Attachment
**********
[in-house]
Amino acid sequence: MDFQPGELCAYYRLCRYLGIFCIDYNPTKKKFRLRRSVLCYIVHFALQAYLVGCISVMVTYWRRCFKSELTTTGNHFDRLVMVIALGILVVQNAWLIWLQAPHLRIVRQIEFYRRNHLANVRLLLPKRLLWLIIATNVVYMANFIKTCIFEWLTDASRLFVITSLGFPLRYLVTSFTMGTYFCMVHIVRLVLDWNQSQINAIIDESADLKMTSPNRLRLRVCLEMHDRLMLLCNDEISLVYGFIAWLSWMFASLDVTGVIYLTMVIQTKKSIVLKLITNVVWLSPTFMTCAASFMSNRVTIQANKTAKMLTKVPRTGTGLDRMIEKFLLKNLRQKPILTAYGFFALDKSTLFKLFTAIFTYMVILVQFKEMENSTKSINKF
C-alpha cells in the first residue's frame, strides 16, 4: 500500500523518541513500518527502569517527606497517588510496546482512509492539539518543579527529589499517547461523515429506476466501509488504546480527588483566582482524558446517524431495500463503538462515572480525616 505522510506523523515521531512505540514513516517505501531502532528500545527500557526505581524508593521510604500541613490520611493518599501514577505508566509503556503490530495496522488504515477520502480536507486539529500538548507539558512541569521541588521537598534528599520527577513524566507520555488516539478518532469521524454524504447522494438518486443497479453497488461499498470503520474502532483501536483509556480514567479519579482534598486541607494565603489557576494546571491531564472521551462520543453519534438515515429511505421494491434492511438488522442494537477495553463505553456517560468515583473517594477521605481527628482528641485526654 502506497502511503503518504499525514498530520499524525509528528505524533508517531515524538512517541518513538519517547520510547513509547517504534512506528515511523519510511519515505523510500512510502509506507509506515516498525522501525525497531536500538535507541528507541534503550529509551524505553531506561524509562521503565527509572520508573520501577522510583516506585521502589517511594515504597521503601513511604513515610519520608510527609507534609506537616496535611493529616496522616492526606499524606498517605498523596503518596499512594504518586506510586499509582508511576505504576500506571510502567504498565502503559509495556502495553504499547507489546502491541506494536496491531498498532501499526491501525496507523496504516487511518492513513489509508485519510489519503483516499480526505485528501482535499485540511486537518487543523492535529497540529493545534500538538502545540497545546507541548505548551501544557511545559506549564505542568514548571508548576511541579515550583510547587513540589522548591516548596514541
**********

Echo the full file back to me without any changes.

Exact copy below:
[in-house]
Amino acid sequence: MDFQPGELCAYYRLCRYLGIFCIDYNPTKKKFRLRRSVLCYIVHFALQAYLVGCISVMVTYWRRCFKSELTTTGNHFDRLVMVIALGILVVQNAWLIWLQAPHLRIVRQIEFYRRNHLANVRLLLPKRLLWLIIATNVVYMANFIKTCIFEWLTDASRLFVITSLGFPLRYLVTSFTMGTYFCMVHIVRLVLDWNQSQINAIIDESADLKMTSPNRLRLRVCLEMHDRLMLLCNDEISLVYGFIAWLSWMFASLDVTGVIYLTMVIQTKKSIVLKLITNVVWLSPTFMTCAASFMSNRVTIQANKTAKMLTKVPRTGTGLDRMIEKFLLKNLRQKPILTAYGFFALDKSTLFKLFTAIFTYMVILVQFKEMENSTKSINKF
C-alpha cells in the first residue's frame, strides 16, 4: 500500500523518541513500518527502569517527606497517588510496546482512509492539539518543579527529589499517547461523515429506476466501509488504546480527588483566582482524558446517524431495500463503538462515572480525616 505522510506523523515521531512505540514513516517505501531502532528500545527500557526505581524508593521510604500541613490520611493518599501514577505508566509503556503490530495496522488504515477520502480536507486539529500538548507539558512541569521541588521537598534528599520527577513524566507520555488516539478518532469521524454524504447522494438518486443497479453497488461499498470503520474502532483501536483509556480514567479519579482534598486541607494565603489557576494546571491531564472521551462520543453519534438515515429511505421494491434492511438488522442494537477495553463505553456517560468515583473517594477521605481527628482528641485526654 502506497502511503503518504499525514498530520499524525509528528505524533508517531515524538512517541518513538519517547520510547513509547517504534512506528515511523519510511519515505523510500512510502509506507509506515516498525522501525525497531536500538535507541528507541534503550529509551524505553531506561524509562521503565527509572520508573520501577522510583516506585521502589517511594515504597521503601513511604513515610519520608510527609507534609506537616496535611493529616496522616492526606499524606498517605498523596503518596499512594504518586506510586499509582508511576505504576500506571510502567504498565502503559509495556502495553504499547507489546502491541506494536496491531498498532501499526491501525496507523496504516487511518492513513489509508485519510489519503483516499480526505485528501482535499485540511486537518487543523492535529497540529493545534500538538502545540497545546507541548505548551501544557511545559506549564505542568514548571508548576511541579515550583510547587513540589522548591516548596514541